|Title||Is there a slope change in the L_O-L_X relation for low-mass active black holes?|
|Author||Dr Igor Chilingarian|
|Description||A linear correlation between X-ray and optical [OIII] line luminosities in AGN is thought to manifest the ionization of low-density gas by the field of high- energy photons from the central black hole vicinity. It is often used to estimate the AGN ionizing flux from optical spectra. We identified 33 AGN powered by low-mass BHs (<6e5 MSun). They form a tight (spread 0.23dex) sub- linear (L_OIIIvirgulL_X^0.48) relation that steepens and puffs up once more massive objects are included. We propose to observe a complete flux limited sample of 21 AGN with low-mass BHs (<1e6 MSun) with available optical IFU spectroscopy. We will pin down the transition mass where the L_OIII-L_X slope changes and check whether it is connected to AGN-driven outflows, internal structure, dynamics, and star formation|
|Publication||No observations found associated with the current proposal|
|Instrument||EMOS1, EMOS2, EPN, OM, RGS1, RGS2|
|Mission Description||The European Space Agency's (ESA) X-ray Multi-Mirror Mission (XMM-Newton) was launched by an Ariane 504 on December 10th 1999. XMM-Newton is ESA's second cornerstone of the Horizon 2000 Science Programme. It carries 3 high throughput X-ray telescopes with an unprecedented effective area, and an optical monitor, the first flown on a X-ray observatory. The large collecting area and ability to make long uninterrupted exposures provide highly sensitive observations.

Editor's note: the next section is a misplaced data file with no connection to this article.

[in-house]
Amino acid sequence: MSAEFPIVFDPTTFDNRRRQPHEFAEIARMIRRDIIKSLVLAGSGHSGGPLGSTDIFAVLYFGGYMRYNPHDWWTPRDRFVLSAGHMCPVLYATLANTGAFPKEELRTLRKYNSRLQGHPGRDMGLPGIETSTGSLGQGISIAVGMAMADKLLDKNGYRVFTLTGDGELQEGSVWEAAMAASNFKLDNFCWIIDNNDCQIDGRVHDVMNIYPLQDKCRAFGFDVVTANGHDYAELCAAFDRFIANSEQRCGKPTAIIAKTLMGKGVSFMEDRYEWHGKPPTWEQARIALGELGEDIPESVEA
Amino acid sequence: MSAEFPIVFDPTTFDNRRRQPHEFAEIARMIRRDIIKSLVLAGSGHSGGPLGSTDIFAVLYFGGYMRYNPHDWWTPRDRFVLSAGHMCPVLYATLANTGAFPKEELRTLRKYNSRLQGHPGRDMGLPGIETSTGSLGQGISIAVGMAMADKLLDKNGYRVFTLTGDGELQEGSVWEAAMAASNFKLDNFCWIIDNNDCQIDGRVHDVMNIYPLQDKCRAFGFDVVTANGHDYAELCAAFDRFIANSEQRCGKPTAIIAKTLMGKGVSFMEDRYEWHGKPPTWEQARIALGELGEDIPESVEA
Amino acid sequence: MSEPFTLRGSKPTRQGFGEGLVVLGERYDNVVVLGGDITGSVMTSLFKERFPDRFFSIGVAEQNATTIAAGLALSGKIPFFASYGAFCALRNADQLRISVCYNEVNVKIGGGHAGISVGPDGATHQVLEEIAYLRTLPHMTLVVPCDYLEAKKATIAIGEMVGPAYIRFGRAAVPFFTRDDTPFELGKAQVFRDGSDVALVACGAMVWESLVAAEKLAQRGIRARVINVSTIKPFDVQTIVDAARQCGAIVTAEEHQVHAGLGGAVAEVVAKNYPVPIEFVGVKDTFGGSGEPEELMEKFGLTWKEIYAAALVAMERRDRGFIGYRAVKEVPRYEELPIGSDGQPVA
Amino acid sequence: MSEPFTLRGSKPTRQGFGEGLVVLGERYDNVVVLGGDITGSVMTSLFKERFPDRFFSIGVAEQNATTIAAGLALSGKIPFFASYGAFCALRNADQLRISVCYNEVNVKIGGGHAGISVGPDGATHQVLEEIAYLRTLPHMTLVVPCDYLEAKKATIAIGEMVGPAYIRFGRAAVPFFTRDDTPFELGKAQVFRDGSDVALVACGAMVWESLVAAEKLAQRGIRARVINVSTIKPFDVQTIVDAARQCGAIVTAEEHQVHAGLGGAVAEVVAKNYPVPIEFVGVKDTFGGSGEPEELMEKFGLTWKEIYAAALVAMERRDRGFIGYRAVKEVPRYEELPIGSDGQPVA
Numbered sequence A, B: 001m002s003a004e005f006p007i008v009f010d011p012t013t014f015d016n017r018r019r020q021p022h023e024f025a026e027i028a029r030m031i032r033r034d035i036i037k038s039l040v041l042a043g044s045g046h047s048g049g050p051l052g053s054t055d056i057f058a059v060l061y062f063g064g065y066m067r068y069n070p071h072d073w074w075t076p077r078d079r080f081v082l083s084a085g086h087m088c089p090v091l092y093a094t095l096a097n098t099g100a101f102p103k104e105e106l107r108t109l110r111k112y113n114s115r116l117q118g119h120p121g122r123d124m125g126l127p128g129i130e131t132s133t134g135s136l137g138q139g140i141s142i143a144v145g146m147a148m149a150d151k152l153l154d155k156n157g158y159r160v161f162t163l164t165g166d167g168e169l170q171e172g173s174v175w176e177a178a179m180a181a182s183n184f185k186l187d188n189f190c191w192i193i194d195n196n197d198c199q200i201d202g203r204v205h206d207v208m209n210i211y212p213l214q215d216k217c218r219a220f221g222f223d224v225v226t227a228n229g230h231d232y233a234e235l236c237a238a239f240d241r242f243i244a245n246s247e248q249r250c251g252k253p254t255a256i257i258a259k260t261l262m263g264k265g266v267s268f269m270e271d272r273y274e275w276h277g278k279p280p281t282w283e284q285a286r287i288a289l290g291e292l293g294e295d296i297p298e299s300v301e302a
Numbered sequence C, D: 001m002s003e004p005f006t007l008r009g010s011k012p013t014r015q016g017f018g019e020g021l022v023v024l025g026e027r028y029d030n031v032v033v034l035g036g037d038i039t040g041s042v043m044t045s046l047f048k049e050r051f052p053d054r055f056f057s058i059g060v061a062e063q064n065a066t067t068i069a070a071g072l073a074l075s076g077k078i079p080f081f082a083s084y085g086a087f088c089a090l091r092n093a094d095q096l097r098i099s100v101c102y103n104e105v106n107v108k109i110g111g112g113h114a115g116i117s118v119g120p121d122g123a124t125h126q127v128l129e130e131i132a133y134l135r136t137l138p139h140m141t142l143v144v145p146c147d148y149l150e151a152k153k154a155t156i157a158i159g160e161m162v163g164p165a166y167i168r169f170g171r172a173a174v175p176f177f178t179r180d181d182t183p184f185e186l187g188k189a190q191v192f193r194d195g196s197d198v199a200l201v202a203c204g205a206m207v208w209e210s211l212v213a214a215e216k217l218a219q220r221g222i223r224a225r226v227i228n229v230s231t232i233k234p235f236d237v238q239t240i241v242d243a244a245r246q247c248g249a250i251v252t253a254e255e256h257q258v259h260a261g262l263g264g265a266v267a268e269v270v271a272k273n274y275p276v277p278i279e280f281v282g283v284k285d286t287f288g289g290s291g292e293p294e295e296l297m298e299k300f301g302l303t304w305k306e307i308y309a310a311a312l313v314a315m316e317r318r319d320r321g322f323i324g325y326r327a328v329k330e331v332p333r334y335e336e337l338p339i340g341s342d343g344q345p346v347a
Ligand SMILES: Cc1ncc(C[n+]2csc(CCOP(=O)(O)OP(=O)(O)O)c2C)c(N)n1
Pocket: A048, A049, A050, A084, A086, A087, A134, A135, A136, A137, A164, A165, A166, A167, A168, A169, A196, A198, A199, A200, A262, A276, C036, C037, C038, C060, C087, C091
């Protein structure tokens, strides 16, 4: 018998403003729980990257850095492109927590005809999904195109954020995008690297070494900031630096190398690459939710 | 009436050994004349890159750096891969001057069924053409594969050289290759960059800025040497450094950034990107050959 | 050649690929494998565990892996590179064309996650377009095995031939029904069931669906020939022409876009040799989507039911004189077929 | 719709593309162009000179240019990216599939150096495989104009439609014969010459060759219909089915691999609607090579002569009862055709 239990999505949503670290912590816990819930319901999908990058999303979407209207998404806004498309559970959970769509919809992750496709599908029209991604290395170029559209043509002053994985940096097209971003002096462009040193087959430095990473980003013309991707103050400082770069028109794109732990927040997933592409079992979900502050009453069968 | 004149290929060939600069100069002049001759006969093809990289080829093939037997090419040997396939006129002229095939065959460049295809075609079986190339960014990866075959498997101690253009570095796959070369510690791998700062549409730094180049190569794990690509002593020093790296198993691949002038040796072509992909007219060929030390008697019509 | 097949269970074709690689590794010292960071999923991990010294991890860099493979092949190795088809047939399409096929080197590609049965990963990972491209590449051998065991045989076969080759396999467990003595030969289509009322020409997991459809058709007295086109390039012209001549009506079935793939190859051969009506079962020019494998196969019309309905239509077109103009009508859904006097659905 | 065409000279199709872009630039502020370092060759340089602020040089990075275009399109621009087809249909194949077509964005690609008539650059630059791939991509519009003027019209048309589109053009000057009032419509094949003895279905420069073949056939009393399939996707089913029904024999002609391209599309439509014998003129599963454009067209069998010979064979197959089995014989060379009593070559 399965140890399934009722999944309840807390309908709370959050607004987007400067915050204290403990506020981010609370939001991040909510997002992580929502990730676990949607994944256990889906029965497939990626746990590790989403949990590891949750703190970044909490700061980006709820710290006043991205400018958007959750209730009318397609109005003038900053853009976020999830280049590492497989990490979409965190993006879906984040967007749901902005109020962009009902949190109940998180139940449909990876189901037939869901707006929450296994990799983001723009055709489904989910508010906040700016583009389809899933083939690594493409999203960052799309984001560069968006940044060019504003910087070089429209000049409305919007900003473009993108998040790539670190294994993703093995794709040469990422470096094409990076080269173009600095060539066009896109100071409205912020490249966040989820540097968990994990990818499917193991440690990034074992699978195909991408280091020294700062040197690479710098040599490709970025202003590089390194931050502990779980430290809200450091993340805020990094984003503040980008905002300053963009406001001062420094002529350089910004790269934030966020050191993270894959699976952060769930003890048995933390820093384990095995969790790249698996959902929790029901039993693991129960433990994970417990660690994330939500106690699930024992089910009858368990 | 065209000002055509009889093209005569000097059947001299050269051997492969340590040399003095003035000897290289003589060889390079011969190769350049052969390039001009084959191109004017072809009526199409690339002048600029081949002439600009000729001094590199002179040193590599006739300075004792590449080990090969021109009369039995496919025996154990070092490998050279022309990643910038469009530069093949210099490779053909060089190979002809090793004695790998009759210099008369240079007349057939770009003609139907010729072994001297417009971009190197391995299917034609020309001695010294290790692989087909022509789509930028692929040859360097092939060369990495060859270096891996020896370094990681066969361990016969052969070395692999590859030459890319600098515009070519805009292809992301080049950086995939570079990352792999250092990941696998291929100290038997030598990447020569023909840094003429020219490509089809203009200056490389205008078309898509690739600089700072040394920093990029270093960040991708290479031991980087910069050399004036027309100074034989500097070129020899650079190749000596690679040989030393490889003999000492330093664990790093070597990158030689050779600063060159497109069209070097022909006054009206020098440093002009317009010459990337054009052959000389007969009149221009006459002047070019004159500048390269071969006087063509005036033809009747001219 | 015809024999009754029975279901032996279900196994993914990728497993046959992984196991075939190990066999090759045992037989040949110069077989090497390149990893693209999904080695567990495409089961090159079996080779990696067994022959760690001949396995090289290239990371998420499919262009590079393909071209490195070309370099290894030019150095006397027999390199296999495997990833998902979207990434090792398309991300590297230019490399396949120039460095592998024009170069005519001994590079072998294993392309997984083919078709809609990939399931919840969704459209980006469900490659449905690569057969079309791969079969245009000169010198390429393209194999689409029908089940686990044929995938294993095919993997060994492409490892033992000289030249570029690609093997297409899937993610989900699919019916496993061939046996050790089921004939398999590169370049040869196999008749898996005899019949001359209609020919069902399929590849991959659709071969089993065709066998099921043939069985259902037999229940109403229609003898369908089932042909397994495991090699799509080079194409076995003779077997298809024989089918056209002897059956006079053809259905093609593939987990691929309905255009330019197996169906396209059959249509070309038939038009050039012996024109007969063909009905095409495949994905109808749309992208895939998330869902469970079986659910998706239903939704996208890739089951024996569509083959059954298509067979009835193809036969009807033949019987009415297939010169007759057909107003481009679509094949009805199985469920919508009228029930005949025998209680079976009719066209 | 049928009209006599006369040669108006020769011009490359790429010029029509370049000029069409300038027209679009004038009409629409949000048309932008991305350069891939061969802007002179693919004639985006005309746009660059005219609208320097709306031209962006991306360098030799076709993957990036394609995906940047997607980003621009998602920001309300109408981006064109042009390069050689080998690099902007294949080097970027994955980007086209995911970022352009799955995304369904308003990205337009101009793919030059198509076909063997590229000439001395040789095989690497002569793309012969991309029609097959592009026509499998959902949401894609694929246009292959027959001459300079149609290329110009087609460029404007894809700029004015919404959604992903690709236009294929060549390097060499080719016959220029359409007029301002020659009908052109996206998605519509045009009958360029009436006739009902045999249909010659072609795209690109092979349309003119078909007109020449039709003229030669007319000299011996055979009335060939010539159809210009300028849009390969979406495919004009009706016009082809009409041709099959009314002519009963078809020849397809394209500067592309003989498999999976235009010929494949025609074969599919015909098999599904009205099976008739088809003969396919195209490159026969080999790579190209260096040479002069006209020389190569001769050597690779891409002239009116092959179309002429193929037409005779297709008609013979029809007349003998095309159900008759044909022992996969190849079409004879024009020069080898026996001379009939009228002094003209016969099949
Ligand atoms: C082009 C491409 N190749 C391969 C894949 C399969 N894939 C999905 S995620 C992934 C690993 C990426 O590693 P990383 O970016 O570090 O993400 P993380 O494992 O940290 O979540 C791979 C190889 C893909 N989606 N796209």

Since Earth's atmosphere blocks out all X-rays, only a telescope in space can detect and study celestial X-ray sources. The XMM-Newton mission is helping scientists to solve a number of cosmic mysteries, ranging from the enigmatic black holes to the origins of the Universe itself. Observing time on XMM-Newton is being made available to the scientific community, applying for observational periods on a competitive basis.
|Publisher And Registrant||European Space Agency|
|Credit Guidelines||European Space Agency, 2022-03-18T00:00:00Z, 086394, 18.02_20200221_1200. https://doi.org/10.5270/esa-[xxxxxxx]|